Tasting note: There is a touch of herbal tea to the pretty and cool aromas of various red berries, forest floor and plenty of floral nuances. The mouthfeel of the beautifully delineated middle weight flavors is quite sleek though here there is even more evident minerality suffusing the balanced, long and very firm finish that is less youthfully austere than it usually is. This is presently a bit lean though I suspect that it will flesh out with time in bottle.
     

Tasting Notes
92
Red Burgundy Rossignol Trapet 2018 Latricieres-Chambertin

1 Case 6 75cl £630
  • The 2018 Latricières-Chambertin Grand Cru has an outstanding bouquet of vibrant black cherry and boysenberry fruit suffused with minerals. The palate is medium-bodied with sappy red berry fruit on the entry, maybe just a little closed after bottling at the moment, but demonstrating good grip and a strong marine influence on the finish. Give this 3–4 years in bottle. 

    -- Neal Martin 94+ Neal Martin 2022 - 2045 Not Available Dec 2020

Tasting Notes
94
Red Burgundy Rouget, Emmanuel 2005 Echezeaux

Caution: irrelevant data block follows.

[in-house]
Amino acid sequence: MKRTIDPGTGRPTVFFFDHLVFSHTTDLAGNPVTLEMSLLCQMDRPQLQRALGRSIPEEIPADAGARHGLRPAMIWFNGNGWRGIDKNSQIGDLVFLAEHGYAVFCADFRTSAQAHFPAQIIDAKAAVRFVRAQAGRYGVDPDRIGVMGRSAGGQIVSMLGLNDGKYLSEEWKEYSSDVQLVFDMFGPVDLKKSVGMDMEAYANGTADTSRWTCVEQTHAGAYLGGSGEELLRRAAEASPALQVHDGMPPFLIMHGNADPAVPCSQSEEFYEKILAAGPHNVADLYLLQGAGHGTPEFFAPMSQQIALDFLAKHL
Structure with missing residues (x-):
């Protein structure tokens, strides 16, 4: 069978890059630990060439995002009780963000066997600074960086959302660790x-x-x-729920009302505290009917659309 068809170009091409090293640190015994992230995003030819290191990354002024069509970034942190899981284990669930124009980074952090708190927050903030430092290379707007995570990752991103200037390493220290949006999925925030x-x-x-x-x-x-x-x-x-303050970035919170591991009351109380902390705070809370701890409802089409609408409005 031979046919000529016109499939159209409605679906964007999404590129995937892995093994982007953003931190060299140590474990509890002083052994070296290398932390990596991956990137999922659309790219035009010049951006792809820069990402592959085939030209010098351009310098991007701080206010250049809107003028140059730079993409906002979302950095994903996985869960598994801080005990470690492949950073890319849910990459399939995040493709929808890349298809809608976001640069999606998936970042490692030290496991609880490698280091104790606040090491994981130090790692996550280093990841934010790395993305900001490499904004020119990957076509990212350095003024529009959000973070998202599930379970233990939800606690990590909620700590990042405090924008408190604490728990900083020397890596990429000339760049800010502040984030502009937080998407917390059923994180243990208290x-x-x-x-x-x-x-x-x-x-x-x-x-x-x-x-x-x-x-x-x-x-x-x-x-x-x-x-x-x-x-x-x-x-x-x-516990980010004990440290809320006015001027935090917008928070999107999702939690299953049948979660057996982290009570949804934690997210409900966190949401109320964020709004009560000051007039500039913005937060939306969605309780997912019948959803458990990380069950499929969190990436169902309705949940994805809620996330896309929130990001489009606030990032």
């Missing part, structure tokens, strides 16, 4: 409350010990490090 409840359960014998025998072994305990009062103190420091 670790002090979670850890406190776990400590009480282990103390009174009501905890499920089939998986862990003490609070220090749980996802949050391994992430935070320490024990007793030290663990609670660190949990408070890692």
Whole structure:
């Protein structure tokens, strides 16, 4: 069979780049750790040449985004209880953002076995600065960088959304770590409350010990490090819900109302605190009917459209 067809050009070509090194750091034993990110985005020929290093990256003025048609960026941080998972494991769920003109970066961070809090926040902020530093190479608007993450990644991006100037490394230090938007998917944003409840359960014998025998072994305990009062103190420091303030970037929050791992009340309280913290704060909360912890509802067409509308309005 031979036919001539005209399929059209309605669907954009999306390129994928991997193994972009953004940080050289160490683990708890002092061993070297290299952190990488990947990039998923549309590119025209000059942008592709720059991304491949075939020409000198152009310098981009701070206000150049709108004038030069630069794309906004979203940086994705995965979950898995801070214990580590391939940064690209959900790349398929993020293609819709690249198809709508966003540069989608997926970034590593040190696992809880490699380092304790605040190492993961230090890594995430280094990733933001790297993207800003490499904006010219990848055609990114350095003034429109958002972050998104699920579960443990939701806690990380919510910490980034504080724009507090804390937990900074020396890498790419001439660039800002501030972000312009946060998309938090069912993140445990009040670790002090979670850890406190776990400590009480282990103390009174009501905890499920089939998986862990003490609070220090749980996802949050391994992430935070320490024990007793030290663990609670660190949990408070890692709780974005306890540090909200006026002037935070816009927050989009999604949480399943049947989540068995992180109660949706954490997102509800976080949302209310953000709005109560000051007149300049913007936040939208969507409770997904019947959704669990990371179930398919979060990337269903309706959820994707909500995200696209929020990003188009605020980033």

1 Case 12 75cl £12,500
  • A ripe, expressive and airy nose that combines both upper and mid-level register fruit notes that include red pinot, black berry and violet notes trimmed in moderate wood spice as well as natural spice notes of clove and anise that can also be found on the round, rich and beautifully balanced big-bodied flavors that are powerful, long and more stylish than usual. This is a terrific Ech that should be capable of at least a decade's worth of improvement.

    Score: 91/94 Allen Meadows, Burghound.com (25), January 2007

Tasting Notes
94
Red Burgundy Roumier, Georges & Christophe 2007 Musigny

1 Bottle 75cl £8,750
  • Tasting note: A gorgeously spicy and expressive, even kaleidoscopic nose exhibits an impressive panoply of varied earth and spice nuances that accompany the ripe black fruit and floral aromas that include both violets and lavender hints that complement to perfection the pure, refined, intense and driving full-bodied flavors blessed with buckets of dry extract that completely buffer the dense but extremely fine tannins and confer a velvety sweetness to the textured and hugely long finish. For all the fireworks going on in this wine, there is the sensation of a Zen-like calm. Simply wonderful and a wine of unmistakable class.
     

Tasting Notes
96
Red Burgundy Rousseau 2003 Charmes Chambertin

1 Bottle 75cl £495
  • Medium red. Flowers, red cherry and animal fur on the nose. Supple, sweet and elegant; in a rather subtle style, showing less power than the Cazetiers but much easier to taste today. This is Charmes of premier cru weight, but it builds nicely and lingers well on the back end. The tannins here are rather gentle.

    -- Stephen Tanzer 87-89 Stephen Tanzer Not Available Mar 2005

Tasting Notes
89
Red Burgundy Rousseau 2005 Chambertin

1 Bottle 75cl £3,500